Moscato d’Asti

Weinstil Moscato d'asti, Aromen
Aromas Moscato d’Asti

This slightly sparkling, fruity and fragrant sweet wine from Piedmont, which has been known since the Middle Ages, should in no case be confused with the slightly sweet Asti Spumante. The production of these two DOCG wines is almost the same: Moscato Bianco grapes (Muscat Blanc à Petits Grains) are pressed, the resulting must is clarified and then immediately cooled until the time of further processing. In order to maintain the natural carbon dioxide the several weeks long fermentation takes place in closed tanks. When the desired residual sweetness is reached, the fermentation is interrupted by cooling.

But here the similarities end. Moscato d’Asti differs from the Asti Spumante by lower alcohol content of 4.5% to 6.5% (vs. 6% – 9.5%), lower carbonic acid pressure of 1 to 1.7 atmospheres (vs. 3.5 – 4) and higher potential alcohol content of 10% (vs. 9%). In addition, the indication of the vintage in the Moscato d’Asti is the rule, while this is rarely found at Spumante. Due to the higher carbonic pressure, the spumante requires a champagne cork, the Moscato d’Asti is content with a normal cork closure. The main difference between the two, however, is that only the ripest, most aromatic grapes are processed for Moscato d’Asti, which are predominantly from excellent, often lime-rich vineyards of the Langhe mountains.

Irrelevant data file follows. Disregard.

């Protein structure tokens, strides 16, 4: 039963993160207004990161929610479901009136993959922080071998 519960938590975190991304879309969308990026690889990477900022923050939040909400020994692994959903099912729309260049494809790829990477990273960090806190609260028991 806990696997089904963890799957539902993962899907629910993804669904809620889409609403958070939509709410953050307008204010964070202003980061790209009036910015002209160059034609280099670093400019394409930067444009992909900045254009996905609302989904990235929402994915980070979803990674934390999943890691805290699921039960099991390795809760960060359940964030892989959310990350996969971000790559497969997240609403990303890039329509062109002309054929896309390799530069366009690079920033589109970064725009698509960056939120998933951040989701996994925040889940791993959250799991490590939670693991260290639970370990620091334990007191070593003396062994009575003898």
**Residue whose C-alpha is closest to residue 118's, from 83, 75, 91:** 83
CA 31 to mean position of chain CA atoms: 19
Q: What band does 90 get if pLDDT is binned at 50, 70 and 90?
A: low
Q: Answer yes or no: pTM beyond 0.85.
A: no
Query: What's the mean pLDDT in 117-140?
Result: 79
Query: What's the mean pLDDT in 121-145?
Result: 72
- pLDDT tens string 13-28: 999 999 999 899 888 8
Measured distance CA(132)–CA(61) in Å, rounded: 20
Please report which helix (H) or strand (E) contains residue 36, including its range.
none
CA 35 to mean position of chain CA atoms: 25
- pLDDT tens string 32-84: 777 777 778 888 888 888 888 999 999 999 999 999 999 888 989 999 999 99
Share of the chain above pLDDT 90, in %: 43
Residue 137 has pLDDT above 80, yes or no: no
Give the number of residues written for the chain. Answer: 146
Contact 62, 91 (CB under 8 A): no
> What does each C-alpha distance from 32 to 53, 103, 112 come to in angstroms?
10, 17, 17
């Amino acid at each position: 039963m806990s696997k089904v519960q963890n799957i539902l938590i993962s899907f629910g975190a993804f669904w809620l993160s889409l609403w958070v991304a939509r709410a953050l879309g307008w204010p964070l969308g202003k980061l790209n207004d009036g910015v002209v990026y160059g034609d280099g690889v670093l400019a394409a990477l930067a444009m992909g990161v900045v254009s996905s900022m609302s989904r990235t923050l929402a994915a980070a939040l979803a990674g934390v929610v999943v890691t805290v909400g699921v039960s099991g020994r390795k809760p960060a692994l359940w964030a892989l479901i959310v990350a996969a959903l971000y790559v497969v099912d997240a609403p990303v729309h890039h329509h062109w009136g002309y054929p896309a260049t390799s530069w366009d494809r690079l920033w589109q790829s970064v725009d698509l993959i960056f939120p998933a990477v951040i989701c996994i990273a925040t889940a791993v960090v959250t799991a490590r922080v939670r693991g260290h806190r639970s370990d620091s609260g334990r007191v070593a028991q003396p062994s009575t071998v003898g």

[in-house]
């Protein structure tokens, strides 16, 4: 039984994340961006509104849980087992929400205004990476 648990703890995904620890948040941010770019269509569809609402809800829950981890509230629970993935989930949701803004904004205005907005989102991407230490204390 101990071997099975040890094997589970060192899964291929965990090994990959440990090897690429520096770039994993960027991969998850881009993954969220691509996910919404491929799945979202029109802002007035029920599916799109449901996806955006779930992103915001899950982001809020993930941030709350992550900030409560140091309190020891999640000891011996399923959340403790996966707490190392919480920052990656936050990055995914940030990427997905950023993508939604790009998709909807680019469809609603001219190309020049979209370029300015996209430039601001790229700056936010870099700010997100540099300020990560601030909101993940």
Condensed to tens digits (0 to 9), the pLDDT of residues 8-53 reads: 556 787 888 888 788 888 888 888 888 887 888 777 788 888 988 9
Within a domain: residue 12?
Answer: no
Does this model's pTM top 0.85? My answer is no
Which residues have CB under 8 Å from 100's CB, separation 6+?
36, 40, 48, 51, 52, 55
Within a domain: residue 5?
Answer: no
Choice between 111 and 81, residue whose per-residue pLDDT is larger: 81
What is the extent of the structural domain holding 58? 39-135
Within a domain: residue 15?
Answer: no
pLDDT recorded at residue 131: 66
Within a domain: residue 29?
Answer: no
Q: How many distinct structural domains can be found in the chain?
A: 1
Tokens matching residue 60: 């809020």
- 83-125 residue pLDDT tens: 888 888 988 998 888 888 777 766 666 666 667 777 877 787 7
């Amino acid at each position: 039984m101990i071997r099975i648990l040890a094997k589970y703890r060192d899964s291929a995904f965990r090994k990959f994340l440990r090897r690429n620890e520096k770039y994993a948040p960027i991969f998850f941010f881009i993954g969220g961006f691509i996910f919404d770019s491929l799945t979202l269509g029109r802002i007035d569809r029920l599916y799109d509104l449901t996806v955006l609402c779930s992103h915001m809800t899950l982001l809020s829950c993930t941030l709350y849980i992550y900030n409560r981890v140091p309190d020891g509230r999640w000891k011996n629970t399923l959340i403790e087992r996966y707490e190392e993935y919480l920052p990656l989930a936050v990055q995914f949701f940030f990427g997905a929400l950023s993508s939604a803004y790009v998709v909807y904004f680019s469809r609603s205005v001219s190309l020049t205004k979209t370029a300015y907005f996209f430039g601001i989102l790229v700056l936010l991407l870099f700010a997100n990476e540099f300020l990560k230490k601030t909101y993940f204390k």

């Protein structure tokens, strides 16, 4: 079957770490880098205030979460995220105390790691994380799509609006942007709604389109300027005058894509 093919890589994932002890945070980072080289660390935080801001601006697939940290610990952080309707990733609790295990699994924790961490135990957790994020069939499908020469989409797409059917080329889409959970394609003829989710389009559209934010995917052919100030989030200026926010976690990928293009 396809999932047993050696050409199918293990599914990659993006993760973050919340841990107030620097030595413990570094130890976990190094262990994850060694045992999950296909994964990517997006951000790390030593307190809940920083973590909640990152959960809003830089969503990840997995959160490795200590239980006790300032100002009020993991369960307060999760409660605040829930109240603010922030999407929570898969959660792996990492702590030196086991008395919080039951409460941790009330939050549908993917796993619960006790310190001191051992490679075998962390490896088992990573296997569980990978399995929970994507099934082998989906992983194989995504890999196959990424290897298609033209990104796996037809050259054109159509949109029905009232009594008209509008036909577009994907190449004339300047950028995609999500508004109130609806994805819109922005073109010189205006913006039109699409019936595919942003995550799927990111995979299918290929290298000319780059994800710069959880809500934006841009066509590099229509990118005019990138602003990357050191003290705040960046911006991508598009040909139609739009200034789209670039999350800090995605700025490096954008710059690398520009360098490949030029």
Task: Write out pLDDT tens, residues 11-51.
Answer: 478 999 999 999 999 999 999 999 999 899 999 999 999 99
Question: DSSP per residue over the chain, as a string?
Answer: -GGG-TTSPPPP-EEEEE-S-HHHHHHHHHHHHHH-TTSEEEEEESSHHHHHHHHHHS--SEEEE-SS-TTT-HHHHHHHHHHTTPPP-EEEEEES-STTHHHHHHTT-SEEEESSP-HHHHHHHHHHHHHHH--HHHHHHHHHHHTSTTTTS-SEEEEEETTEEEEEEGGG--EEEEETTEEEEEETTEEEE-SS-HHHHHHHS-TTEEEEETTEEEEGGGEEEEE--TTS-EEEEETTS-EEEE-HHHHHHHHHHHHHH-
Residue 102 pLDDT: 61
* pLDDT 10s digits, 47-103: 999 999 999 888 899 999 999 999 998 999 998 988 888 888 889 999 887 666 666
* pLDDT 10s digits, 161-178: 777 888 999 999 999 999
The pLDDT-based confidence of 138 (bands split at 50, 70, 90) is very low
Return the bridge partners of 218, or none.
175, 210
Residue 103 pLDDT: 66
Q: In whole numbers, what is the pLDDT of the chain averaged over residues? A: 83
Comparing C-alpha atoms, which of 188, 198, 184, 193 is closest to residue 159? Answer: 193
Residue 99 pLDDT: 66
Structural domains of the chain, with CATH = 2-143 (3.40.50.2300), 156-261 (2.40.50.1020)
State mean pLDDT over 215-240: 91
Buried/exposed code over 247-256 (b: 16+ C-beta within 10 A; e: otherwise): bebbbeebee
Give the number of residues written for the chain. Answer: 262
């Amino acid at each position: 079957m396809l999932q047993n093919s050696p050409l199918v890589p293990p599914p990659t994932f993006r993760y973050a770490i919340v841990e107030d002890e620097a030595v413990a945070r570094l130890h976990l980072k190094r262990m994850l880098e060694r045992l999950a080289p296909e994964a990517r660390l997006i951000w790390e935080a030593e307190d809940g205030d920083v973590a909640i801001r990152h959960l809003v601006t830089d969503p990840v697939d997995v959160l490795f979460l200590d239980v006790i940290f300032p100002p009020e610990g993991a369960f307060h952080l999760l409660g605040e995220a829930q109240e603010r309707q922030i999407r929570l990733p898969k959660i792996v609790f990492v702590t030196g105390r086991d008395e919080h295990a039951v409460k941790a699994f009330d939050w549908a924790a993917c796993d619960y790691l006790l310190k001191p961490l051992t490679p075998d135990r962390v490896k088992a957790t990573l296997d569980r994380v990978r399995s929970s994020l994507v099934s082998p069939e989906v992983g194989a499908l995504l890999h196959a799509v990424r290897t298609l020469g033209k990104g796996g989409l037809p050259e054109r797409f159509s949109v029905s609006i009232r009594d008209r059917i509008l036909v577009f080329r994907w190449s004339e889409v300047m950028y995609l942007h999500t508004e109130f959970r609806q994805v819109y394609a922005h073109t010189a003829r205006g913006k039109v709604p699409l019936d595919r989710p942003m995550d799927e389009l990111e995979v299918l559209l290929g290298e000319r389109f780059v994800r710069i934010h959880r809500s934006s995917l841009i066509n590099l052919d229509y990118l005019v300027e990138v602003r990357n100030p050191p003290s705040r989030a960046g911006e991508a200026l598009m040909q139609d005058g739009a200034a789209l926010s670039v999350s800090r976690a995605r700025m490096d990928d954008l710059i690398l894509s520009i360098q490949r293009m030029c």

As the Moscato d’Asti shows more flavor and fruit, it tastes less sweet than the Asti Spumante, although the latter shows less residual sugar than the Moscati d’Asti. With its delicate pearls and its fruity and floral-scented aromas, Moscato d’Asti matches perfectly to cream bavaroise.

There also exists the Asti Spumante Metodo Classico, which is fermented in the bottle, according to the traditional method. The DOCG rules permit a lower maximum yield per hectare and an alcohol content of 6% to a maximum of 8% for this wine. Made from rosinated, shriveled grapes is the Moscato d’Asti Vendemmia Tardiva with at least 11% vol. Alcohol, corresponding to a Passito. Although a few producers make bottle-fermented high quality Asti Spumante, the vast majority of the approximately 80 million bottles produced each year come from industrial mass production. Moscato d’Asti, on the other hand, is mainly produced by smaller wineries – about four million bottles a year, and is also considered to be of  higher quality.